Last but not the least, Prof. Takenaka advised the Abe government to take advantage of the momentum that will be generated through hosting the Tokyo Olympic Games in 2020, and accelerate the remaining reforms. When it comes to the previous 1964 Tokyo Olympic Games, Japan’s bullet train system, Shinkansen, was launched nine days prior to the opening ceremony, and several high-end hotels opened the same year. Recently, the number of foreign tourists increased rapidly thanks to the relaxation of visa policy, the depreciation of Japanese yen, and growing income of neighbouring countries.

In the following Q&A session, Prof. Takenaka commented on the recent introduction of a negative interest rate by the Bank of Japan (BOJ). While the monetary base of the U.S. has expanded five times since the Global Financial Crisis, Japan’s base has yet to double. Therefore, BOJ Governor Haruhiko Kuroda may consider another round of Quantitative and Qualitative Monetary Easing (QQE). Based on Prof. Takenaka’s analysis, unlike the U.S., the exit for Japan is still far away and the policy is still at a nascent stage.

Regarding the planned consumption tax hike in April 2017, Prof. Takenaka reiterated his objection to it because the tax increase should be avoided when a deflation mind-set remains, and also because fiscal rehabilitation should be done by normalising the macroeconomic environment first. He believes that Prime Minister Abe and Cabinet Secretary Yoshihide Suga are also opposed to the tax hike, and are looking for reasons to postpone it.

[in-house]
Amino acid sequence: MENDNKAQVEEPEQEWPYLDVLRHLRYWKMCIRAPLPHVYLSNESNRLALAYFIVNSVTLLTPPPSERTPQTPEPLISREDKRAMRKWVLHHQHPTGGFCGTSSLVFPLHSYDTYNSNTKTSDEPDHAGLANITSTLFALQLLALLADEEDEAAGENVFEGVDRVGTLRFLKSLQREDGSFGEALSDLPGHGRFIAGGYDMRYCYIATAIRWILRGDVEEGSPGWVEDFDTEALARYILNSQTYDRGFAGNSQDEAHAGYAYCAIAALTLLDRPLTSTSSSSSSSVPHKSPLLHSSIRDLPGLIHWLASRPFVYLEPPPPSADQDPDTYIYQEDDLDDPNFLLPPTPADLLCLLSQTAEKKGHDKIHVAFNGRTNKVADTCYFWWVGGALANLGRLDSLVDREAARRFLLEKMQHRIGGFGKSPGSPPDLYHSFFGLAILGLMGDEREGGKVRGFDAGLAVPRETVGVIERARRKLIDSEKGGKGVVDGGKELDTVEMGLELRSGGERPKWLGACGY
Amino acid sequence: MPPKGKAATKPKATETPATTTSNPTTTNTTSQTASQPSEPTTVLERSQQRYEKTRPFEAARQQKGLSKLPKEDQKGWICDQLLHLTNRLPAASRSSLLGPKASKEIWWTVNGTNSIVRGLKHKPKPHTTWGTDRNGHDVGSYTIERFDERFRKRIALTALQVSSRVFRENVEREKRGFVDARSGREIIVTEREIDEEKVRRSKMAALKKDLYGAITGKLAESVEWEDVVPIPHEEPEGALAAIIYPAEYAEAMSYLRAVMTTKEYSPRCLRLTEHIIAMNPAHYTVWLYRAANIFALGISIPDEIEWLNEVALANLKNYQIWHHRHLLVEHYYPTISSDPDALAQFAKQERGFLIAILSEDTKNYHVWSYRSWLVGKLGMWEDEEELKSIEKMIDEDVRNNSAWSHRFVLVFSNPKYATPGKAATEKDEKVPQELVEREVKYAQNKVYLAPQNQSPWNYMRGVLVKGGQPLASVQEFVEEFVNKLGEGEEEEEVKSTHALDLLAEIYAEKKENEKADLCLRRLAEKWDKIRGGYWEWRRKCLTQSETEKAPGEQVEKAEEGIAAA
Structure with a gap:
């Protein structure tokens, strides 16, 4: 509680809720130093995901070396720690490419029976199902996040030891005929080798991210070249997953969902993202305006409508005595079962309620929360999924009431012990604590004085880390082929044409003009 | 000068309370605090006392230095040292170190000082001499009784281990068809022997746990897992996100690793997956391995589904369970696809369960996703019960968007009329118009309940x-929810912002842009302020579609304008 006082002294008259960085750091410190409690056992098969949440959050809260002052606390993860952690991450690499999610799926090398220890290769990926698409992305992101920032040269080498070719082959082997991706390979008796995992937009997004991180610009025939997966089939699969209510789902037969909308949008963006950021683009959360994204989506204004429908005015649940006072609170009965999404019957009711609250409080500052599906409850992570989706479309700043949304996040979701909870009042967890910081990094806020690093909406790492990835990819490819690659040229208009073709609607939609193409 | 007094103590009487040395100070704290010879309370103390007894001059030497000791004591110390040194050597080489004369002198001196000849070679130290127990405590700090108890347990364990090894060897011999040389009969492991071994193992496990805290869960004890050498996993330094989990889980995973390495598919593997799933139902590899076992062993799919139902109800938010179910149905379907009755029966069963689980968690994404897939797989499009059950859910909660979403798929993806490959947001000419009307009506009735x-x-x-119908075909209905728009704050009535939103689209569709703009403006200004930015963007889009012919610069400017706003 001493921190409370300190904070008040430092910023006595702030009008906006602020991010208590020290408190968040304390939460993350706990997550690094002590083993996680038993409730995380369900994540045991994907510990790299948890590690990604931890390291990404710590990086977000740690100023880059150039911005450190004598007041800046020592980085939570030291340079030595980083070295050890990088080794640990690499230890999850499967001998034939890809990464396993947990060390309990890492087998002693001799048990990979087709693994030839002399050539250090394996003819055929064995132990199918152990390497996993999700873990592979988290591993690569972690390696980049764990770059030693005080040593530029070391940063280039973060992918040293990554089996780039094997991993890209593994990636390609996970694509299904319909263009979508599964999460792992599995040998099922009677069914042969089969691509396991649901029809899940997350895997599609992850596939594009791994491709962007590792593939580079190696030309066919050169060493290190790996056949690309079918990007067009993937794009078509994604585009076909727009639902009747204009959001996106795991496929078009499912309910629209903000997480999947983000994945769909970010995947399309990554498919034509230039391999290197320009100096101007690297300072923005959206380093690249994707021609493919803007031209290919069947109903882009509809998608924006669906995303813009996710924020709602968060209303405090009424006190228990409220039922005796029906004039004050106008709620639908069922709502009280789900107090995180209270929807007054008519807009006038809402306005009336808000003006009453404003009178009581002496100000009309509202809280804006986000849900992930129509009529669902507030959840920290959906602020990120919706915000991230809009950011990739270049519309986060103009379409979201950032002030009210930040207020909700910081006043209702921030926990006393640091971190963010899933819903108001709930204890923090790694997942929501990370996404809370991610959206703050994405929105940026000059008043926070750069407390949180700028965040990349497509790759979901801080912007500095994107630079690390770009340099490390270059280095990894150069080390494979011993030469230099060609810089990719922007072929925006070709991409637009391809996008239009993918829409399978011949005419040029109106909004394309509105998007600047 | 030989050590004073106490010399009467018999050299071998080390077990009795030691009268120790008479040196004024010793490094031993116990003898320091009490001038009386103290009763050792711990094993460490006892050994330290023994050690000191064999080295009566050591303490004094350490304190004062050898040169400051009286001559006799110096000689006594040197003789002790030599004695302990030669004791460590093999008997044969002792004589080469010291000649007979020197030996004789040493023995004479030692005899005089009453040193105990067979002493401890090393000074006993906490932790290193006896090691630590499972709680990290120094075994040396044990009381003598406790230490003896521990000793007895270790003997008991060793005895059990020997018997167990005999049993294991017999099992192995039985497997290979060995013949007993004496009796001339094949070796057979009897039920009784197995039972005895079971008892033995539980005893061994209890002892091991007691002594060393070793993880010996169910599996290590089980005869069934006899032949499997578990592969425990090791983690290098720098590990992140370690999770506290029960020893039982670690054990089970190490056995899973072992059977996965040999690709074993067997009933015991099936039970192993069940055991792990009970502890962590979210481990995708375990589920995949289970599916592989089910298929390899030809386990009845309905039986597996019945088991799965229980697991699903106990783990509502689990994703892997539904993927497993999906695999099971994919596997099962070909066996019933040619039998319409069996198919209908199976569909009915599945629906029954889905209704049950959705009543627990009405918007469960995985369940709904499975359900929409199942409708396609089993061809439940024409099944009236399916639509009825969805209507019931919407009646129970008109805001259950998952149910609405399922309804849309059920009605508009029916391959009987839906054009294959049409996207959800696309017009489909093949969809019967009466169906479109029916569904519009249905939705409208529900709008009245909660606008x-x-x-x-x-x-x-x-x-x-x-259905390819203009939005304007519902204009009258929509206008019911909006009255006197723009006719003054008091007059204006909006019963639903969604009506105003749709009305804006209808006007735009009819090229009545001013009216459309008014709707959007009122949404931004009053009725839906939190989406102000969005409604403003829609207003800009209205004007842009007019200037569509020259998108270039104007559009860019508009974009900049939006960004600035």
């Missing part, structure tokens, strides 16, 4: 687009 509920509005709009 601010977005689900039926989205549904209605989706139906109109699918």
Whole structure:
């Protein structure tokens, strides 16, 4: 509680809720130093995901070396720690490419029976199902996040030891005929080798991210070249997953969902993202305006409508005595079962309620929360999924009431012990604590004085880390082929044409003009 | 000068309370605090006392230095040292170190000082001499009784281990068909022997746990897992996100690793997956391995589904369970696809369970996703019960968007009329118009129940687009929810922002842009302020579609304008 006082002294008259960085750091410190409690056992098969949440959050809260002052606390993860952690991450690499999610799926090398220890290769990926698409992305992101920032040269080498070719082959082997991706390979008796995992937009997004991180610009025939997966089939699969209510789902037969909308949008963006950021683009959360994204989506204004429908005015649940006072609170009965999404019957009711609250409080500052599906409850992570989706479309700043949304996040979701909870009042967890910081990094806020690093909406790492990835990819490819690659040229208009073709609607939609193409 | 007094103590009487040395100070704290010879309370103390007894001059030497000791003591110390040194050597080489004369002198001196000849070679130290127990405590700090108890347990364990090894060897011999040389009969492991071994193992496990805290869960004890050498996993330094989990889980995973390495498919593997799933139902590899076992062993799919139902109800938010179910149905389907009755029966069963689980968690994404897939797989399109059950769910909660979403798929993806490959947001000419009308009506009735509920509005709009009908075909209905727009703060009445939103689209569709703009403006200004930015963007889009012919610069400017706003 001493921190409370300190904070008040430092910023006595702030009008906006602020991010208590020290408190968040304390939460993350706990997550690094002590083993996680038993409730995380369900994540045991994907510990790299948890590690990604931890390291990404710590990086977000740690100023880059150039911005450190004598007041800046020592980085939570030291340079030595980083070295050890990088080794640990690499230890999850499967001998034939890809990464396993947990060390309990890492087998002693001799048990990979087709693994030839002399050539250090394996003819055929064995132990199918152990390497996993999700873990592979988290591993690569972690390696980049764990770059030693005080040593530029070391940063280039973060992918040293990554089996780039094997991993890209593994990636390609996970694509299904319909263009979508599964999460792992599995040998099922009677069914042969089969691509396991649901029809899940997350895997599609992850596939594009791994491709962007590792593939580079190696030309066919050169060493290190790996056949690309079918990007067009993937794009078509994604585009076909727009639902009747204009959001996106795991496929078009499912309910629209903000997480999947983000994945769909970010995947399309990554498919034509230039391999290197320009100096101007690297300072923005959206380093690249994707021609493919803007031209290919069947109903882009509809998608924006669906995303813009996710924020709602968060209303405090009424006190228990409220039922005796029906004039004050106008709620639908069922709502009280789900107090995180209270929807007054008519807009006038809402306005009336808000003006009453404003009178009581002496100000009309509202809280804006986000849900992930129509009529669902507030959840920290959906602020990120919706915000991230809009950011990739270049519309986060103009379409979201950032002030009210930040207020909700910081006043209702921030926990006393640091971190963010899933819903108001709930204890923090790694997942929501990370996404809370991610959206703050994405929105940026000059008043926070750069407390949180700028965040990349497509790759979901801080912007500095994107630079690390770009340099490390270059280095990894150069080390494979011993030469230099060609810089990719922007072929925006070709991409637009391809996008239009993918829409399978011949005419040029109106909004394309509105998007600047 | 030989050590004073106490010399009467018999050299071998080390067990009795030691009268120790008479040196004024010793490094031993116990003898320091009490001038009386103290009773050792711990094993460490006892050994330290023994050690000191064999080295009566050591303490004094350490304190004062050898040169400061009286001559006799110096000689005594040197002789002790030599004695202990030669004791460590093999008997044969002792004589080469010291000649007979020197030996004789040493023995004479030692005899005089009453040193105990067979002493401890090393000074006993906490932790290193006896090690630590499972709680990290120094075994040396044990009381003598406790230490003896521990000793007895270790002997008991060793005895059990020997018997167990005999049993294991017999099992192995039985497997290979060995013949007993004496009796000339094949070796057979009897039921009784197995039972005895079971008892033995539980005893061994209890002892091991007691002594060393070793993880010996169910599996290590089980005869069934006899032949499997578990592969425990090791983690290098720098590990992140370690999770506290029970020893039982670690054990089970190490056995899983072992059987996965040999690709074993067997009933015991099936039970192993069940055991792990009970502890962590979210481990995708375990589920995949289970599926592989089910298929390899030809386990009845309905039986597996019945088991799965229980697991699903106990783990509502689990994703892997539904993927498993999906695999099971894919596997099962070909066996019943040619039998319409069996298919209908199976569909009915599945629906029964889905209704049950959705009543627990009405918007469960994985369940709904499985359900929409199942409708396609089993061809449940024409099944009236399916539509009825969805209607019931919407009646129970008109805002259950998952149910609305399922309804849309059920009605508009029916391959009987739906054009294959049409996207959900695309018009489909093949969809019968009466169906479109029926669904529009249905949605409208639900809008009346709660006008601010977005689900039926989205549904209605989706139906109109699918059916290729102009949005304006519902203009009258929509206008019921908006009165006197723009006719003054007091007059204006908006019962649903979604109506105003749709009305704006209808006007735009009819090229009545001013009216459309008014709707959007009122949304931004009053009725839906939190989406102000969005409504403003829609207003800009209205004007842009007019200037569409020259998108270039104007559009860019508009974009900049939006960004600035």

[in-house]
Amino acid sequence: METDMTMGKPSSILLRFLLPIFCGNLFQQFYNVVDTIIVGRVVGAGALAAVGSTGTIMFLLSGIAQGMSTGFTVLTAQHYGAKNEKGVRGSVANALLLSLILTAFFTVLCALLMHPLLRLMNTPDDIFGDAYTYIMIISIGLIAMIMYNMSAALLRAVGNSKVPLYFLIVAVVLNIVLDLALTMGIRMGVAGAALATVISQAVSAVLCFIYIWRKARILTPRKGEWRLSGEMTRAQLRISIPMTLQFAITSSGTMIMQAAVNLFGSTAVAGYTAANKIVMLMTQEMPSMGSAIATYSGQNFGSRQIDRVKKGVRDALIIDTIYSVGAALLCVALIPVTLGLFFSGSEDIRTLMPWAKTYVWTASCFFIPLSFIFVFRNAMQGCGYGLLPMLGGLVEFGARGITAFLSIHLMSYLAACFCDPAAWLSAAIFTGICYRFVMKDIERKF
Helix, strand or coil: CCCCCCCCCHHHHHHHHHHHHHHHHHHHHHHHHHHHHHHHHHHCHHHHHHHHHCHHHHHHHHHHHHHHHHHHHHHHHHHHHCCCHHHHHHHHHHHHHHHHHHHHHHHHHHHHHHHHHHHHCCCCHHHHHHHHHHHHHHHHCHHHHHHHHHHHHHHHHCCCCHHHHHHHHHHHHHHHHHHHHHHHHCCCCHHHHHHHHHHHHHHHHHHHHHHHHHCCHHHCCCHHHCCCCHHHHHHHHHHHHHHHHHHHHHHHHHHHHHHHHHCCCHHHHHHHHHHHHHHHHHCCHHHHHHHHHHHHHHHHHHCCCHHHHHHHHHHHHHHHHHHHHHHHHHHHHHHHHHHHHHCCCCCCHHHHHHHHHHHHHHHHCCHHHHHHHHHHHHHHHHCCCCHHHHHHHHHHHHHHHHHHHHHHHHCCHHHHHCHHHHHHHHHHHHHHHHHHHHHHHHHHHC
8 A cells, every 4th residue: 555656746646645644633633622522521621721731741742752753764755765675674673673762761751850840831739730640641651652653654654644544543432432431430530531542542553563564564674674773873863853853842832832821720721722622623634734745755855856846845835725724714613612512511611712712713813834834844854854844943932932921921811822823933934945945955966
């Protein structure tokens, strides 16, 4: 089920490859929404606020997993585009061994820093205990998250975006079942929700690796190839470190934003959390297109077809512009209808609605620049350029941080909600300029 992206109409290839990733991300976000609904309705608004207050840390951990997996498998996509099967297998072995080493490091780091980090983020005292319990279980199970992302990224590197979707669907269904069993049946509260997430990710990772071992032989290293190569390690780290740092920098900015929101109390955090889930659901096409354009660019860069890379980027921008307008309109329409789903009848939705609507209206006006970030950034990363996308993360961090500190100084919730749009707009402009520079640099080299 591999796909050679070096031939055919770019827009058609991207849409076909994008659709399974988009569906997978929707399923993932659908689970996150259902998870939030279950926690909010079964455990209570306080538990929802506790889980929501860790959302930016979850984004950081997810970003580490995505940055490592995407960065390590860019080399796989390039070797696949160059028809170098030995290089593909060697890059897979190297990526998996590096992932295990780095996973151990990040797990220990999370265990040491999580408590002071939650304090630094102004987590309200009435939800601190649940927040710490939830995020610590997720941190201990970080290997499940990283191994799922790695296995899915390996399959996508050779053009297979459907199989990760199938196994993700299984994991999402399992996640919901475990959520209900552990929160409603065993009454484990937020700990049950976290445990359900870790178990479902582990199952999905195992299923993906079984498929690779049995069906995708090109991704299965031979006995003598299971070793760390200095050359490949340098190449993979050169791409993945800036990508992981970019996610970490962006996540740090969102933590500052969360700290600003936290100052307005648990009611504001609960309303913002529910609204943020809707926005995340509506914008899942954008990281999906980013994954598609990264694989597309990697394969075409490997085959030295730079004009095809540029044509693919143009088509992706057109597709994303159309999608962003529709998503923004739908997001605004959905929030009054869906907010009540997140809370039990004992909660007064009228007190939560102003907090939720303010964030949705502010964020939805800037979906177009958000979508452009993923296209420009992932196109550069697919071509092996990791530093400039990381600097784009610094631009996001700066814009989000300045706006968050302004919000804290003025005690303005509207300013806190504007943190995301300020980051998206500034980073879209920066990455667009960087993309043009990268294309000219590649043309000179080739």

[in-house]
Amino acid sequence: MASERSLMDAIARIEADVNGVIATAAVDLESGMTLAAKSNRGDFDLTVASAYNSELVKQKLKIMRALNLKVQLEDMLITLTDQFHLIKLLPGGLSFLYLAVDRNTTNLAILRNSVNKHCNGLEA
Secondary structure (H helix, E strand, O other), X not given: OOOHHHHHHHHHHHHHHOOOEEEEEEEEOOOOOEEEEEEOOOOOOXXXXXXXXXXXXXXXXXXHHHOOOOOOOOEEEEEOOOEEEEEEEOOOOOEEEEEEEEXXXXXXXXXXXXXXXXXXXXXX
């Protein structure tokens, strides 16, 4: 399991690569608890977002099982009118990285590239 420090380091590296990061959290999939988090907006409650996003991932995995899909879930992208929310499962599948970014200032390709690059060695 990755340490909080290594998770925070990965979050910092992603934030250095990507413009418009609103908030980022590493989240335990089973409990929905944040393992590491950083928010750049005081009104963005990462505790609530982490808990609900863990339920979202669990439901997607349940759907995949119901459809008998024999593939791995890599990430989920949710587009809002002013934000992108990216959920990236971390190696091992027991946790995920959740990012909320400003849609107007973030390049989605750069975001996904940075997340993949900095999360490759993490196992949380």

In regards to the competitiveness of Japanese electronic appliance manufacturers, Prof. Takenaka referred to the case of Samsung, which was doing well a few years ago but is currently facing difficulties. He believed that the electronic appliance business is unable earn high margins any longer. For example, Hitachi is shifting their focus from home appliances to infrastructure, and is currently enjoying historically high profits.

In responding to another question, Prof. Takenaka observed that the Japanese government is focusing more on income redistribution and staying away from a growth strategy as the Upper House summer election approaches. Similarly, the Tokyo government is lagging behind other metropolitan areas such as Kanagawa or Osaka in advancing structural reforms, but Prof. Takenaka believes that peer pressure should move Tokyo forward in the end.

Prof. Takenaka also discussed corporate governance reform in Japan. Two years ago, he promoted the introduction of independent outside board members in the industrial competitiveness council. In 2015, the Tokyo Stock Exchange adopted a corporate governance code where they ask firms “comply or explain,” in effect forcing many of them to accept the independent outside board members mechanism. Another paradigm shift may come from labour market reforms. Currently, a number of Japanese firms still adhere to lifetime employment and the seniority system, and employees in low profitable companies are not moving to other firms, which is bringing down countrywide efficiency. A change in firing policy could modify such practices and potentially enhance competitiveness.


On 22 February 2016, Prof. Heizo Takenaka, Professor of Faculty of Policy Management and Director of the Global Security Research Institute at Keio University, presented a talk at the LKY School.

This article is written by Takehiro Masutomo, Li Jie, Ying Weiwen and Blake Berger. They are researchers at the Centre on Asia and Globalisation, Lee Kuan Yew School of Public Policy.